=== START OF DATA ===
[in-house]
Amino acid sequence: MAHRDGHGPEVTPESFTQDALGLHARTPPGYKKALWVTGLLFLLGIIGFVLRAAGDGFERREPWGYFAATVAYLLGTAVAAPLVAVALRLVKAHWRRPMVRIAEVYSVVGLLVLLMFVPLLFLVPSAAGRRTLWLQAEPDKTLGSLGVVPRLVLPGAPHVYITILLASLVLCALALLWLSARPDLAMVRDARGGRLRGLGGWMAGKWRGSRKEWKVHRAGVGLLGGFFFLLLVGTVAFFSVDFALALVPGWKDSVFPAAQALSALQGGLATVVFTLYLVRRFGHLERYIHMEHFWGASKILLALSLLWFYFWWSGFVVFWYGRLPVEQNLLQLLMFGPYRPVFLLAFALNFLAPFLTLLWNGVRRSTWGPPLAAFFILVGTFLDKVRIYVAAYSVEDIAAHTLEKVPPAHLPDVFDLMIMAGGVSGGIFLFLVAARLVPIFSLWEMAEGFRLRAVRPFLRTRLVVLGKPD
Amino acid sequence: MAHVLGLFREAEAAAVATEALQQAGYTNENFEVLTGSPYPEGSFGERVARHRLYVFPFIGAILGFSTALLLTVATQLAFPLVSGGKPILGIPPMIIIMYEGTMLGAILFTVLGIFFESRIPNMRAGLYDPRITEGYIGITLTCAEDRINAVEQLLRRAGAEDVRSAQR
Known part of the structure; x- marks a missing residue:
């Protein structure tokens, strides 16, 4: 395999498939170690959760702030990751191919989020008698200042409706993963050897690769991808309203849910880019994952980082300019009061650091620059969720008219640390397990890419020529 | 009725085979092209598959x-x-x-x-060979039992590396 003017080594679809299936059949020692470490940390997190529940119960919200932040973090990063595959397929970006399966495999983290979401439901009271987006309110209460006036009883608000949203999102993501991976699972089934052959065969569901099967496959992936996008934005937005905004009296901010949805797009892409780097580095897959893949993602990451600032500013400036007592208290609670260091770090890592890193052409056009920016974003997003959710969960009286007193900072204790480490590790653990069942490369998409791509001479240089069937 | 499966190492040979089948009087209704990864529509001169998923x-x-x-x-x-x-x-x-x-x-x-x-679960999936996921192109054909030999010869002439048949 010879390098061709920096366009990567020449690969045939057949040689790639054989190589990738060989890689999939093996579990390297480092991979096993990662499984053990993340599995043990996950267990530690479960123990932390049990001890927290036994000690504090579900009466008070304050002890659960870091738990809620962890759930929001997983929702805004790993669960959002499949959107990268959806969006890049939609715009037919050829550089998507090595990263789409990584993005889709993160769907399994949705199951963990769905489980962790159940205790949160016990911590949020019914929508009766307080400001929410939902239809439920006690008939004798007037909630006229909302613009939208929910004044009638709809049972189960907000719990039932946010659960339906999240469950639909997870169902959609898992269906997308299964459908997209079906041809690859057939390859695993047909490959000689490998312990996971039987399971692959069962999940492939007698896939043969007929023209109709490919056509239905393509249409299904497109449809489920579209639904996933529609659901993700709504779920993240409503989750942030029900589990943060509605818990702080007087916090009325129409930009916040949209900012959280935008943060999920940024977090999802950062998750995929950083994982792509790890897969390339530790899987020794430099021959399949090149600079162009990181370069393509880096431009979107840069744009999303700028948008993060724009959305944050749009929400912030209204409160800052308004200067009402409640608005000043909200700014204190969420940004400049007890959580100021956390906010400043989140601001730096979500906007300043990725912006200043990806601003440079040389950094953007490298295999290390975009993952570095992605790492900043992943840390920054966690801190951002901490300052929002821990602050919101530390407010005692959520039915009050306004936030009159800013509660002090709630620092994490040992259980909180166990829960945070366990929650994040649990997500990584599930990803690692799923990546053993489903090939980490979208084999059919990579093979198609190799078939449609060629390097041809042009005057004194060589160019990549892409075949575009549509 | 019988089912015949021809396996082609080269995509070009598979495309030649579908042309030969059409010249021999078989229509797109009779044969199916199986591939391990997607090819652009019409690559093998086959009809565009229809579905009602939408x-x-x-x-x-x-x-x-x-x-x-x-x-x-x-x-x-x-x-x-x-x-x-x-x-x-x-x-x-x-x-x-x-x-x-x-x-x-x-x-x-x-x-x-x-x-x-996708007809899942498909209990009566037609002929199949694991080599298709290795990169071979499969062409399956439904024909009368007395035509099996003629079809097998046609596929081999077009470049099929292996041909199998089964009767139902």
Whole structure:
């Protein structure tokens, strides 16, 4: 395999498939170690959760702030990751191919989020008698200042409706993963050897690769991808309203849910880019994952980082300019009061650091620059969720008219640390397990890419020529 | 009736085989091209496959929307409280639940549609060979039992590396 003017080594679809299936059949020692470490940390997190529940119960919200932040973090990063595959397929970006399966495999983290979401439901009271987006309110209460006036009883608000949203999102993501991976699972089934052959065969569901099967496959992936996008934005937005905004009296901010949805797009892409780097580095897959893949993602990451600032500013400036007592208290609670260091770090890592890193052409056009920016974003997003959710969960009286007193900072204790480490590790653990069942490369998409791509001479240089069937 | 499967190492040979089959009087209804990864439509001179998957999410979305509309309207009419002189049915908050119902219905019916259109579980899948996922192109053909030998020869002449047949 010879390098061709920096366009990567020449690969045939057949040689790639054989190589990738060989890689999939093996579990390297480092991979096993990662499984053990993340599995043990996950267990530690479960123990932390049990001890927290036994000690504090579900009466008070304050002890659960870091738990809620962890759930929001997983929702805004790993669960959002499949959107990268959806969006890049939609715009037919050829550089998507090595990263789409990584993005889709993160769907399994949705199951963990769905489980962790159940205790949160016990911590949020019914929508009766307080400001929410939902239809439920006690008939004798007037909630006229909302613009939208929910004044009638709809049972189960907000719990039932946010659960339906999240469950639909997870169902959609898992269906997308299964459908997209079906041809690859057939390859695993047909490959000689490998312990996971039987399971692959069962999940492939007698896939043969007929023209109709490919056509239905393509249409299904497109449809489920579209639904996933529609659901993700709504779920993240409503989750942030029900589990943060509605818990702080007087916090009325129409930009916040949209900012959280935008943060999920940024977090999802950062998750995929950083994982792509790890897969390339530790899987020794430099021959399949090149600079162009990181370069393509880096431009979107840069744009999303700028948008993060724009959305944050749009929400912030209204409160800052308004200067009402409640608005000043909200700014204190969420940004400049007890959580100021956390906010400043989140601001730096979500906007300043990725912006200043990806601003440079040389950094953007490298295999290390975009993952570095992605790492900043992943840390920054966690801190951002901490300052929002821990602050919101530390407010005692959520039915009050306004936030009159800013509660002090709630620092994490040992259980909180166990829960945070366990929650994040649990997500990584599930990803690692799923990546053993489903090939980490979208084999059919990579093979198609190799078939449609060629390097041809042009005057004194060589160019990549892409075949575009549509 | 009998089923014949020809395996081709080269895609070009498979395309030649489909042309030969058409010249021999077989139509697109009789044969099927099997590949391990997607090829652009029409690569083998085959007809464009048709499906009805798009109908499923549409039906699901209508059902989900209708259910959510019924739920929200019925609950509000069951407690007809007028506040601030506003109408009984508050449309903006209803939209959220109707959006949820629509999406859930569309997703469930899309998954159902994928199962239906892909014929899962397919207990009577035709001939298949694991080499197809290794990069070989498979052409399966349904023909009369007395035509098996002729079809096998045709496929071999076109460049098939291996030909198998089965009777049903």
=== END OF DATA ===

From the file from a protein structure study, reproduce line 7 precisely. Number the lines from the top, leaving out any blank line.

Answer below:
């Protein structure tokens, strides 16, 4: 395999498939170690959760702030990751191919989020008698200042409706993963050897690769991808309203849910880019994952980082300019009061650091620059969720008219640390397990890419020529 | 009736085989091209496959929307409280639940549609060979039992590396 003017080594679809299936059949020692470490940390997190529940119960919200932040973090990063595959397929970006399966495999983290979401439901009271987006309110209460006036009883608000949203999102993501991976699972089934052959065969569901099967496959992936996008934005937005905004009296901010949805797009892409780097580095897959893949993602990451600032500013400036007592208290609670260091770090890592890193052409056009920016974003997003959710969960009286007193900072204790480490590790653990069942490369998409791509001479240089069937 | 499967190492040979089959009087209804990864439509001179998957999410979305509309309207009419002189049915908050119902219905019916259109579980899948996922192109053909030998020869002449047949 010879390098061709920096366009990567020449690969045939057949040689790639054989190589990738060989890689999939093996579990390297480092991979096993990662499984053990993340599995043990996950267990530690479960123990932390049990001890927290036994000690504090579900009466008070304050002890659960870091738990809620962890759930929001997983929702805004790993669960959002499949959107990268959806969006890049939609715009037919050829550089998507090595990263789409990584993005889709993160769907399994949705199951963990769905489980962790159940205790949160016990911590949020019914929508009766307080400001929410939902239809439920006690008939004798007037909630006229909302613009939208929910004044009638709809049972189960907000719990039932946010659960339906999240469950639909997870169902959609898992269906997308299964459908997209079906041809690859057939390859695993047909490959000689490998312990996971039987399971692959069962999940492939007698896939043969007929023209109709490919056509239905393509249409299904497109449809489920579209639904996933529609659901993700709504779920993240409503989750942030029900589990943060509605818990702080007087916090009325129409930009916040949209900012959280935008943060999920940024977090999802950062998750995929950083994982792509790890897969390339530790899987020794430099021959399949090149600079162009990181370069393509880096431009979107840069744009999303700028948008993060724009959305944050749009929400912030209204409160800052308004200067009402409640608005000043909200700014204190969420940004400049007890959580100021956390906010400043989140601001730096979500906007300043990725912006200043990806601003440079040389950094953007490298295999290390975009993952570095992605790492900043992943840390920054966690801190951002901490300052929002821990602050919101530390407010005692959520039915009050306004936030009159800013509660002090709630620092994490040992259980909180166990829960945070366990929650994040649990997500990584599930990803690692799923990546053993489903090939980490979208084999059919990579093979198609190799078939449609060629390097041809042009005057004194060589160019990549892409075949575009549509 | 009998089923014949020809395996081709080269895609070009498979395309030649489909042309030969058409010249021999077989139509697109009789044969099927099997590949391990997607090829652009029409690569083998085959007809464009048709499906009805798009109908499923549409039906699901209508059902989900209708259910959510019924739920929200019925609950509000069951407690007809007028506040601030506003109408009984508050449309903006209803939209959220109707959006949820629509999406859930569309997703469930899309998954159902994928199962239906892909014929899962397919207990009577035709001939298949694991080499197809290794990069070989498979052409399966349904023909009369007395035509098996002729079809096998045709496929071999076109460049098939291996030909198998089965009777049903």